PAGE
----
"Vidal's public appeal," Frank writes, after a discussion of the American Chronicles as "romance" novels, "rests on his ability to telecast and write out of a position that does not cordon off serious literature from a mass audience: rather, it brings Henry James and Jacqueline Susann together. If Vidal maintains the status of exemplary American writer-intellectual in the age of TV, it is because he has both exploited the print-screen circuit in the genre of romance and found ways to transmit his sexual politics on-screen."
Frank clearly recognizes that Vidal's two passions in life are politics and human sexuality, the former because he grew up surrounded by it, and the latter because he's a sexual outlaw himself. But he did not, as Frank suggests, abandon the writing of "literary" novels merely because he believed they were in decline. He abandoned them because, as he came to better understand his own point of view, he naturally sought more rewarding forms and mediums to express himself. Vidal once said that he didn't expect readers in 1948 to associate the homosexuality of his protagonist in The City and the Pillar with the author himself. When they did, it forced him to re-evaluate the course of his life.
Vidal has certainly used the broadcast media to gain attention for his political and cultural ideas, but he never actually used it to sell his books. His novels Julian, Washington, D.C., Myra Breckinridge and Burr became best-sellers on their own. His TV appearances in the 1960s through the 1980s largely followed the success of those books, and many of his books along the way failed to attract readers despite his notoriety. So it's something of an overstatement - or at least, another matter altogether - when Frank asserts: "Vidal has exploited electronic forms of publicity both to stay famous and to address the divergence of the categories of literary author and intellectual." All in all, Frank relies a bit too heavily on what Vidal says about himself as she analyzes his literary and public lives. She clearly seeks to reconstruct - rather than deconstruct - her subject.
Toward the end of her book, Frank neatly sums up and brings together its threads. "Vidal's classicism consists of a universalizing understanding of both sexuality and publicity accompanied by a strong sense of history that registers changes in the status that has been accorded to each," she says. "Against all expectations framed by the contemporary udnerstanding of TV, Vidal is able to yoke classicism to TV, the vehicle through which his politics (and sexual politics) frequently have been expressed." In other words, Vidal is an orator, like an ancient Roman, and he uses both print and moving pictures (film and TV) to orate on sex and politics, the two subjects that most interest him (as they did his classical ancestors).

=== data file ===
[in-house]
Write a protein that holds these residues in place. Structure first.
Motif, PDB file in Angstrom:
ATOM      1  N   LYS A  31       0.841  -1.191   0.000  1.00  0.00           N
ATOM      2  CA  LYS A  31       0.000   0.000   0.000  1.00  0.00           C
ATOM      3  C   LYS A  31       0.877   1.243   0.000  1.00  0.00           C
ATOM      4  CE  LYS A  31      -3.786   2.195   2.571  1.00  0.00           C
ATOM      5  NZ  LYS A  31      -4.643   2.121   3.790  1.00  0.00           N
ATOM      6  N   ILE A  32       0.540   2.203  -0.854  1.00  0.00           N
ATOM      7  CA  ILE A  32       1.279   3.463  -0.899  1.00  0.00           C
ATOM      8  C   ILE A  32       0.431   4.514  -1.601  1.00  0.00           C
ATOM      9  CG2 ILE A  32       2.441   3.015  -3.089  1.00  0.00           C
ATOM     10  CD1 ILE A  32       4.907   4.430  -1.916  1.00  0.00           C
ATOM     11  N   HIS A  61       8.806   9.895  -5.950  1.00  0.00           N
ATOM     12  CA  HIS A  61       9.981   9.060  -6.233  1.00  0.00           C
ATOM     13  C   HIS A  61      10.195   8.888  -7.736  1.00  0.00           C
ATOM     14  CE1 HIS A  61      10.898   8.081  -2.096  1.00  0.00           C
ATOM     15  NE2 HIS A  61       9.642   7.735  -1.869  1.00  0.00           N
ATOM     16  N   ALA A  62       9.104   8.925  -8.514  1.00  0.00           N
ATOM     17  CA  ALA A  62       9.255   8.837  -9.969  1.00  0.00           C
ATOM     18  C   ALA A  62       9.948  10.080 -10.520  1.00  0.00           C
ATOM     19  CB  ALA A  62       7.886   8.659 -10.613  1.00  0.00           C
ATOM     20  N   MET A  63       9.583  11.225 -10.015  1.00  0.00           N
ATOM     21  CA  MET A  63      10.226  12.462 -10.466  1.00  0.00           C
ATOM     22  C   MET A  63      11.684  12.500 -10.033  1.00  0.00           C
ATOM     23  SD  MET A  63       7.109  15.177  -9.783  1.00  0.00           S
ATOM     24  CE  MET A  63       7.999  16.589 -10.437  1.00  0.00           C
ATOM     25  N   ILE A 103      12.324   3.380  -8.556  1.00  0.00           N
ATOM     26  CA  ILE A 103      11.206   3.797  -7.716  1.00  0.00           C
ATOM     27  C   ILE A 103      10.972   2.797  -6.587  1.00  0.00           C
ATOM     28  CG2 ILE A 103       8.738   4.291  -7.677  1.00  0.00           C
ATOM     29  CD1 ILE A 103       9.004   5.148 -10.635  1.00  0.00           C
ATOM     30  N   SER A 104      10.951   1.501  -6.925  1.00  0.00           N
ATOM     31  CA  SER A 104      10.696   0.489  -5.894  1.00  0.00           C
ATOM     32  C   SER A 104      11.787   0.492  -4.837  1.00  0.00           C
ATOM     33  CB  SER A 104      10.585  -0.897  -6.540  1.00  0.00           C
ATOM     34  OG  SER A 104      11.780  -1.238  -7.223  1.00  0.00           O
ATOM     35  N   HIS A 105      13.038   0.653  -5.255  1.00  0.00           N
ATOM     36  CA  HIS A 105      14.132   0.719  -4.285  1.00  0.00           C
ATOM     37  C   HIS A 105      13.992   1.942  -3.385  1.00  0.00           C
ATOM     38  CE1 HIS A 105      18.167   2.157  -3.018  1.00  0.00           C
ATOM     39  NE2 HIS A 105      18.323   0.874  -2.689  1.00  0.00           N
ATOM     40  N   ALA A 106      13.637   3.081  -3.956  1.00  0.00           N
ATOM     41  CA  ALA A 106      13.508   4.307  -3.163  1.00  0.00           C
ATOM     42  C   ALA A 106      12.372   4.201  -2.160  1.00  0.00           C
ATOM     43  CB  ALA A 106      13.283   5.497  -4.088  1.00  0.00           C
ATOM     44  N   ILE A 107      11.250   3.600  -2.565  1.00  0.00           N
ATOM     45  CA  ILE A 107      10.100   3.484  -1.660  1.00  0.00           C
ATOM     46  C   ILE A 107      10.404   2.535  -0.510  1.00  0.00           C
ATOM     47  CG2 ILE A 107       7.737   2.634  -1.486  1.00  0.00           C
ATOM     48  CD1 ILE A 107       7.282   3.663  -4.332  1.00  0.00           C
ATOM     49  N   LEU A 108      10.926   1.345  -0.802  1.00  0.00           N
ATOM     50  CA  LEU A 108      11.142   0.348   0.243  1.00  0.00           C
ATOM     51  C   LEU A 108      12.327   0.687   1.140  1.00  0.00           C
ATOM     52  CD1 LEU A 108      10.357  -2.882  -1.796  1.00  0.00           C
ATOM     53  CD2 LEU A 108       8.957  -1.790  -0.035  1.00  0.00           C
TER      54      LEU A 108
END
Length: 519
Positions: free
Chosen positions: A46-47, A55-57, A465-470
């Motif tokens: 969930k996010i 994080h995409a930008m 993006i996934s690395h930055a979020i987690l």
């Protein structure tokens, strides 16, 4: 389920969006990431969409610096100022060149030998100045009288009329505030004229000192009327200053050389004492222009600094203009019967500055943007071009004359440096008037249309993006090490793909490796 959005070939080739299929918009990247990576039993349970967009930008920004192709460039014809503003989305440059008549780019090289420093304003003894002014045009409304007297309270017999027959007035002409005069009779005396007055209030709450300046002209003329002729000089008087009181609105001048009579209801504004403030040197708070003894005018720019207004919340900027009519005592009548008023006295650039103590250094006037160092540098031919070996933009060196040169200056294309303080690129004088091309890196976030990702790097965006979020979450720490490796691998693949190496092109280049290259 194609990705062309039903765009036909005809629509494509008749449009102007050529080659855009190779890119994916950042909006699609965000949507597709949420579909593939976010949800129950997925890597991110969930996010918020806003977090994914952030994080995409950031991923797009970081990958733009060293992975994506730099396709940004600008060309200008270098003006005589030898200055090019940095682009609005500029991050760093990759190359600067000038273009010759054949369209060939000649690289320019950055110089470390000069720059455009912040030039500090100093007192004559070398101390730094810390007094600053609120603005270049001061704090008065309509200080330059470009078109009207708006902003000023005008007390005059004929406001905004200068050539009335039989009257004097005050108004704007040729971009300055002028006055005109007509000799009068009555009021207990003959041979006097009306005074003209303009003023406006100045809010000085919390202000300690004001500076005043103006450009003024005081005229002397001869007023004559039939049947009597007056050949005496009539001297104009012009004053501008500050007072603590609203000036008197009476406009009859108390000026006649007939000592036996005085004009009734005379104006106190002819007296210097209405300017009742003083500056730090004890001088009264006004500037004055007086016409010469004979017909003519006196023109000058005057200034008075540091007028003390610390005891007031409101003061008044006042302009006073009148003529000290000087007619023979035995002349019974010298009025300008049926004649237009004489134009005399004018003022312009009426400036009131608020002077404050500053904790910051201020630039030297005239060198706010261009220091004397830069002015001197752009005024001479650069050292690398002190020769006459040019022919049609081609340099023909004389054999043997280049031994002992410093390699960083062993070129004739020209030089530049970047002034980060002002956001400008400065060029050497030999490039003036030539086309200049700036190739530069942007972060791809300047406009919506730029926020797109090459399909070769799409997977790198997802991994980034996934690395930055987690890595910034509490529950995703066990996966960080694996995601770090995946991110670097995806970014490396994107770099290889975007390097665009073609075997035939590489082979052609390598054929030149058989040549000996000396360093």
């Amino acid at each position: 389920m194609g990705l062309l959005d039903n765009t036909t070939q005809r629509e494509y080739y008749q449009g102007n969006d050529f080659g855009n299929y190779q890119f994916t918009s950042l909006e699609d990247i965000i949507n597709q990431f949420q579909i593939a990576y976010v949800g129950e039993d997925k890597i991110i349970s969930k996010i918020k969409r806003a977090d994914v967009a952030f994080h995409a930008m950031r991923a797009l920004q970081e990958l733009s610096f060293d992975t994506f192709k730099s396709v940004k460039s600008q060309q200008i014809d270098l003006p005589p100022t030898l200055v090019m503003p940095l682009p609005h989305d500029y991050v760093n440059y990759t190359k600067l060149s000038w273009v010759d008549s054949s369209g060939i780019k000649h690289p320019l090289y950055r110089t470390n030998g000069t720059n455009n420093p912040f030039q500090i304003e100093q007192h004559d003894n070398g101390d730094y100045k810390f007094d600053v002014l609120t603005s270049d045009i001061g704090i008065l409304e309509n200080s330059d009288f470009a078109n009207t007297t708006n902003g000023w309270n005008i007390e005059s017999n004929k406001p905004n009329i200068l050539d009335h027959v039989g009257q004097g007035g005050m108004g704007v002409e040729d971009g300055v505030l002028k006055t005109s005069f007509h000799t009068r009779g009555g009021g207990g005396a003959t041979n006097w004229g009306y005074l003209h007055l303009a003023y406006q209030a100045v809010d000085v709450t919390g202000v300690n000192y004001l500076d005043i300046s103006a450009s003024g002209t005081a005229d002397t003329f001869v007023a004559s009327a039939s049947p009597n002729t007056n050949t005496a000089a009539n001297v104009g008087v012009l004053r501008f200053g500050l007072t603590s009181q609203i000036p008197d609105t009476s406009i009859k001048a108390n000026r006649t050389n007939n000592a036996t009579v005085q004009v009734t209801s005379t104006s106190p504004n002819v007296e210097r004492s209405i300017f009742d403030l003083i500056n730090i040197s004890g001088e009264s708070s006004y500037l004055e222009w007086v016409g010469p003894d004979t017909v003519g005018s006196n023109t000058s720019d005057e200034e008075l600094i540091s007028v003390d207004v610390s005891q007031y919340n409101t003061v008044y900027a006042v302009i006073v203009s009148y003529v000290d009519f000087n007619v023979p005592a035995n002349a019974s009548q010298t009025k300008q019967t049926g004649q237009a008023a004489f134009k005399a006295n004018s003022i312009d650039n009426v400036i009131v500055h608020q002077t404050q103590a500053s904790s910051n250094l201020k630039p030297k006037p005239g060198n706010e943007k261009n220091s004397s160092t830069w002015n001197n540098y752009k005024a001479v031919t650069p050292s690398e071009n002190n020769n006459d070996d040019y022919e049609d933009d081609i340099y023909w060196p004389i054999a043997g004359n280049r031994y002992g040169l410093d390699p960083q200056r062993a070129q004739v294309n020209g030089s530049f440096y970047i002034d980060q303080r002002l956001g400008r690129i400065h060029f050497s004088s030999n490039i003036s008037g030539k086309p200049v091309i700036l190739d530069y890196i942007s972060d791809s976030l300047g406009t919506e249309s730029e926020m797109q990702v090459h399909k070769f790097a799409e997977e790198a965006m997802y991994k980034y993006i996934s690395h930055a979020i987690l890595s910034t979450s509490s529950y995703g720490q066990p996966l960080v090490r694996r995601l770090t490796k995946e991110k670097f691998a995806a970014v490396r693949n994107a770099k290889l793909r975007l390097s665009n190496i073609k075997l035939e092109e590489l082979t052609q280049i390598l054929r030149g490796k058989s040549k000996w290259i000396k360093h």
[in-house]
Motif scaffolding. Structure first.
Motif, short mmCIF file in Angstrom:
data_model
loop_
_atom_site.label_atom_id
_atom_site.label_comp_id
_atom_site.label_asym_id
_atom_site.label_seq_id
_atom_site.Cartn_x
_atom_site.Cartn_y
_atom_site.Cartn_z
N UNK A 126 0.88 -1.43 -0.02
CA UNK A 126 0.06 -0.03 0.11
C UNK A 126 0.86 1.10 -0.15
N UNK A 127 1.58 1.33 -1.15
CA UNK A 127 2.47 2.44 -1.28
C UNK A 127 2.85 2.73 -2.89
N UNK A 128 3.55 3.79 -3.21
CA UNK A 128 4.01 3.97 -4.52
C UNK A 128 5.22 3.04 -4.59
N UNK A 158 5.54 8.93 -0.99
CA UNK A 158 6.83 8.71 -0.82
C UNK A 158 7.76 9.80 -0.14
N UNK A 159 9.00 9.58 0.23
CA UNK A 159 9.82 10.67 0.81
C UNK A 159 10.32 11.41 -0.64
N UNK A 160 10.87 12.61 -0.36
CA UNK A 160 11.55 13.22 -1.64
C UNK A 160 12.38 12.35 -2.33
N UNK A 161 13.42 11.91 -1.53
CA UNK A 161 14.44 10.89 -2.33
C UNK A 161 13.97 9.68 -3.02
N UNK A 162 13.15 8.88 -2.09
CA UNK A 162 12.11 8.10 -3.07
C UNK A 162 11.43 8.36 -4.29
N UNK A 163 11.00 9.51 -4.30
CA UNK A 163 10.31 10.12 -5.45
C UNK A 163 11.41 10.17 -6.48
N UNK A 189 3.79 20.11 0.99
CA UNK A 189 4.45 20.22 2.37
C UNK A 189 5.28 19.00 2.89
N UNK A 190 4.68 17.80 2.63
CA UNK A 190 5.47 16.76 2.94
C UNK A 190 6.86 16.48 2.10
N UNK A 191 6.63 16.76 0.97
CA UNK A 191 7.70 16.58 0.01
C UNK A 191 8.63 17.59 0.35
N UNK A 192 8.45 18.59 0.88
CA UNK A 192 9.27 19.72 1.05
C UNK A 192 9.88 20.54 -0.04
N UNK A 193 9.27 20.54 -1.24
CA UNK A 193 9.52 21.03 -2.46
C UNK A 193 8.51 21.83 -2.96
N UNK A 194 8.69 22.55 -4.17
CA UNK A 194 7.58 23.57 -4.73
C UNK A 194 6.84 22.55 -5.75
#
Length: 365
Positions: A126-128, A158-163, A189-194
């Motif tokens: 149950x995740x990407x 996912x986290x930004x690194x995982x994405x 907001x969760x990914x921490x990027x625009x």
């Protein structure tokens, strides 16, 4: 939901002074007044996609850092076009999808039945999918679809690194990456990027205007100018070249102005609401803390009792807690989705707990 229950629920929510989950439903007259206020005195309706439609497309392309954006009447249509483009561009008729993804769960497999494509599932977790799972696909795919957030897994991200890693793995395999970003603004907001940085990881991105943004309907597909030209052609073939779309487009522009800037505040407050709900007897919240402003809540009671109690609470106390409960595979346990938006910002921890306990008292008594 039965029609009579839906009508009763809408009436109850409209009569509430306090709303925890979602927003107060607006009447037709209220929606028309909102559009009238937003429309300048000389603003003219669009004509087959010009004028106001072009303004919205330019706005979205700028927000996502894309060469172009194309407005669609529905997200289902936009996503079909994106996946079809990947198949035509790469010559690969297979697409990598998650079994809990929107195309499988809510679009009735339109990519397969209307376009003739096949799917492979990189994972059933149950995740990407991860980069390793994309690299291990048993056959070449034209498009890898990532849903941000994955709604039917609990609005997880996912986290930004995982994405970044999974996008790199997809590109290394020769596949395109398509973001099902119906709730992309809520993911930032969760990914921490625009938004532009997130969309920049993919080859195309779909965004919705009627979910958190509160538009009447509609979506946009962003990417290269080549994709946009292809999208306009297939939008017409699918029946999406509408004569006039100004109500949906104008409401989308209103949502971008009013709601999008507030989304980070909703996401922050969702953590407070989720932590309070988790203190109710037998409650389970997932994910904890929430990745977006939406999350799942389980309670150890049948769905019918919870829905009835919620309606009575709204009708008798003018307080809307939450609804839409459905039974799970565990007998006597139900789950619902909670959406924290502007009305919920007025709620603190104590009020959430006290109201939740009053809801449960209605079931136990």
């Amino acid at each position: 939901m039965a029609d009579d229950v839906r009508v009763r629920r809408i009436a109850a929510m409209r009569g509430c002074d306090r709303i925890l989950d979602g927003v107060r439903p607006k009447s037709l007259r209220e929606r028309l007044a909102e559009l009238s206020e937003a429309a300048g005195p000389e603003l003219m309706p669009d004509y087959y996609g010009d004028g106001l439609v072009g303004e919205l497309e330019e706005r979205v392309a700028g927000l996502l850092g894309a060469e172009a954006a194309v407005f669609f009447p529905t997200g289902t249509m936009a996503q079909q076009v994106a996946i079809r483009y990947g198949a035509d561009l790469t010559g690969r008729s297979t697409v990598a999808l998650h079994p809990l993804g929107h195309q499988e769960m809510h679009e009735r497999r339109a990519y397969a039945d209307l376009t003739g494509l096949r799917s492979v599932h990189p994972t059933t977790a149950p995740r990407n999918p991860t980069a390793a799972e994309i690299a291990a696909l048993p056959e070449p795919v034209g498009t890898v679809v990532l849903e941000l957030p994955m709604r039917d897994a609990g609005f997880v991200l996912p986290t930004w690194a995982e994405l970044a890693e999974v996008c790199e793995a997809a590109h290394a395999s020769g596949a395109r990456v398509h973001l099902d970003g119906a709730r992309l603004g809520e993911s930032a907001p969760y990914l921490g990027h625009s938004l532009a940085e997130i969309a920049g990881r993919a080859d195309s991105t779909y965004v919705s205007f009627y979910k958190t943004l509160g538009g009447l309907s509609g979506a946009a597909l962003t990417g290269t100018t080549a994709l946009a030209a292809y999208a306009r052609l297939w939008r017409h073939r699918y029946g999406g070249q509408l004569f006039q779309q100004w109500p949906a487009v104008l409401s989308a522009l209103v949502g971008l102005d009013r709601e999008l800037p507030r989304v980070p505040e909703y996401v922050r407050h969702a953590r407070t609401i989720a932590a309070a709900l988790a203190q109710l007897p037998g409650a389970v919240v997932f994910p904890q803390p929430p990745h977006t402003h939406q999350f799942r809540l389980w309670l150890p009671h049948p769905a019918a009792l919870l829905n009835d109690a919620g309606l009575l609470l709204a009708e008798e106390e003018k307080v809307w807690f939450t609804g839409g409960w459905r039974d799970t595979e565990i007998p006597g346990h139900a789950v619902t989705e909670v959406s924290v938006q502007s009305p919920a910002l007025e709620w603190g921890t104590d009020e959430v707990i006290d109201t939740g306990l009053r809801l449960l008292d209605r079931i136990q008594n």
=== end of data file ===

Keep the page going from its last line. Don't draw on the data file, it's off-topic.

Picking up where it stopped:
If Vidal has appeared so much on television, it's probably because, as his aphorism implies, television is simply another form of instant pleasure (and no doubt a stroke to his voluble ego). One doubts that his sex life, the corollary to his broadcast life, did much to foster his career. Quite the opposite, in fact, as Frank reminds us: The City and the Pillar, so scandalous in its time, forced him to begin writing pulp novels under pseudonyms and scripts for live television. And it's certainly not true that "the pleasures of sex and appearing on TV are interchangeable," as Frank writes. Vidal never said that, and one hope that he's had far more of the former than the latter.
and the Shaping of Political American Consciousness
By Stephen Harris In his 2002 book The Fiction of Gore Vidal and E.L. Doctorow, Harris examined "the historical fact of power" as represented in Vidal's historical novels. His new book, published by Edwin Mellen Press, focuses on Vidal's works exclusively, taking a closer look at how Vidal combines history and fiction.
By Adriana Alves de Paula Martins Like Vidal, the Portuguese writer José Saramago is a novelist, playwright and essayist. And like Vidal, he looks at history in a way that mainstream historians call subversive, searching beyond the recorded history. But unlike Vidal he's won the Nobel Prize for literature (in 1998).